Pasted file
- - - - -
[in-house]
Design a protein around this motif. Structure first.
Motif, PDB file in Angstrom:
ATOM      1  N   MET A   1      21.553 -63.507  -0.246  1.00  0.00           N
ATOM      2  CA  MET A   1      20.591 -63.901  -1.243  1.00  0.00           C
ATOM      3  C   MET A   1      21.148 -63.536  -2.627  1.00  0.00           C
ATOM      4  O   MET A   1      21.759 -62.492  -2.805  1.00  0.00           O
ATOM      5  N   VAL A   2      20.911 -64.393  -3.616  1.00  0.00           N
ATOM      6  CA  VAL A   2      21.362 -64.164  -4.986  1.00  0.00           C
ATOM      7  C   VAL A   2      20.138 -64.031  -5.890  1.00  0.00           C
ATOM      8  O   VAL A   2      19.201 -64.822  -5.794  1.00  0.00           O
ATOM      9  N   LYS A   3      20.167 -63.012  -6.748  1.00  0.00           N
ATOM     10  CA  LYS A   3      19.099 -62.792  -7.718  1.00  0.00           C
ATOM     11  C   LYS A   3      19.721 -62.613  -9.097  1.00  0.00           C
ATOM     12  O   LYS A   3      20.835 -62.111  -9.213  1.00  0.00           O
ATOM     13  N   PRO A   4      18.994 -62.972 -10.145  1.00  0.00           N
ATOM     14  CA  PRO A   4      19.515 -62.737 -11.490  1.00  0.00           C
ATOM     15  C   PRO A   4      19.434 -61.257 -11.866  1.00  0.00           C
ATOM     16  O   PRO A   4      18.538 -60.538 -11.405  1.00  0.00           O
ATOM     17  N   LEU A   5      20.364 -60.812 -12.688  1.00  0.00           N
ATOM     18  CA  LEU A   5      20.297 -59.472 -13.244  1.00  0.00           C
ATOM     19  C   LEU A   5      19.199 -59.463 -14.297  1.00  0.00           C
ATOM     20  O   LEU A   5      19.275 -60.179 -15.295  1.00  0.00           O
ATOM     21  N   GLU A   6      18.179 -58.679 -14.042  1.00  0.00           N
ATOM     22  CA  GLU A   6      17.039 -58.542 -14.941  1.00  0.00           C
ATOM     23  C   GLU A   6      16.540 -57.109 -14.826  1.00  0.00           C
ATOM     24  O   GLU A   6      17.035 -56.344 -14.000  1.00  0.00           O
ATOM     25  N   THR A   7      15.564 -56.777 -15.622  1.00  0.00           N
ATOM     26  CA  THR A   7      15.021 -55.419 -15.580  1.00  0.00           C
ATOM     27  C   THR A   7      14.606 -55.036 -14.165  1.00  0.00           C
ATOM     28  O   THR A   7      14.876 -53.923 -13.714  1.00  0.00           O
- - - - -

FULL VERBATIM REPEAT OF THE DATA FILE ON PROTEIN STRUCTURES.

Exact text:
[in-house]
Design a protein around this motif. Structure first.
Motif, PDB file in Angstrom:
ATOM      1  N   MET A   1      21.553 -63.507  -0.246  1.00  0.00           N
ATOM      2  CA  MET A   1      20.591 -63.901  -1.243  1.00  0.00           C
ATOM      3  C   MET A   1      21.148 -63.536  -2.627  1.00  0.00           C
ATOM      4  O   MET A   1      21.759 -62.492  -2.805  1.00  0.00           O
ATOM      5  N   VAL A   2      20.911 -64.393  -3.616  1.00  0.00           N
ATOM      6  CA  VAL A   2      21.362 -64.164  -4.986  1.00  0.00           C
ATOM      7  C   VAL A   2      20.138 -64.031  -5.890  1.00  0.00           C
ATOM      8  O   VAL A   2      19.201 -64.822  -5.794  1.00  0.00           O
ATOM      9  N   LYS A   3      20.167 -63.012  -6.748  1.00  0.00           N
ATOM     10  CA  LYS A   3      19.099 -62.792  -7.718  1.00  0.00           C
ATOM     11  C   LYS A   3      19.721 -62.613  -9.097  1.00  0.00           C
ATOM     12  O   LYS A   3      20.835 -62.111  -9.213  1.00  0.00           O
ATOM     13  N   PRO A   4      18.994 -62.972 -10.145  1.00  0.00           N
ATOM     14  CA  PRO A   4      19.515 -62.737 -11.490  1.00  0.00           C
ATOM     15  C   PRO A   4      19.434 -61.257 -11.866  1.00  0.00           C
ATOM     16  O   PRO A   4      18.538 -60.538 -11.405  1.00  0.00           O
ATOM     17  N   LEU A   5      20.364 -60.812 -12.688  1.00  0.00           N
ATOM     18  CA  LEU A   5      20.297 -59.472 -13.244  1.00  0.00           C
ATOM     19  C   LEU A   5      19.199 -59.463 -14.297  1.00  0.00           C
ATOM     20  O   LEU A   5      19.275 -60.179 -15.295  1.00  0.00           O
ATOM     21  N   GLU A   6      18.179 -58.679 -14.042  1.00  0.00           N
ATOM     22  CA  GLU A   6      17.039 -58.542 -14.941  1.00  0.00           C
ATOM     23  C   GLU A   6      16.540 -57.109 -14.826  1.00  0.00           C
ATOM     24  O   GLU A   6      17.035 -56.344 -14.000  1.00  0.00           O
ATOM     25  N   THR A   7      15.564 -56.777 -15.622  1.00  0.00           N
ATOM     26  CA  THR A   7      15.021 -55.419 -15.580  1.00  0.00           C
ATOM     27  C   THR A   7      14.606 -55.036 -14.165  1.00  0.00           C
ATOM     28  O   THR A   7      14.876 -53.923 -13.714  1.00  0.00           O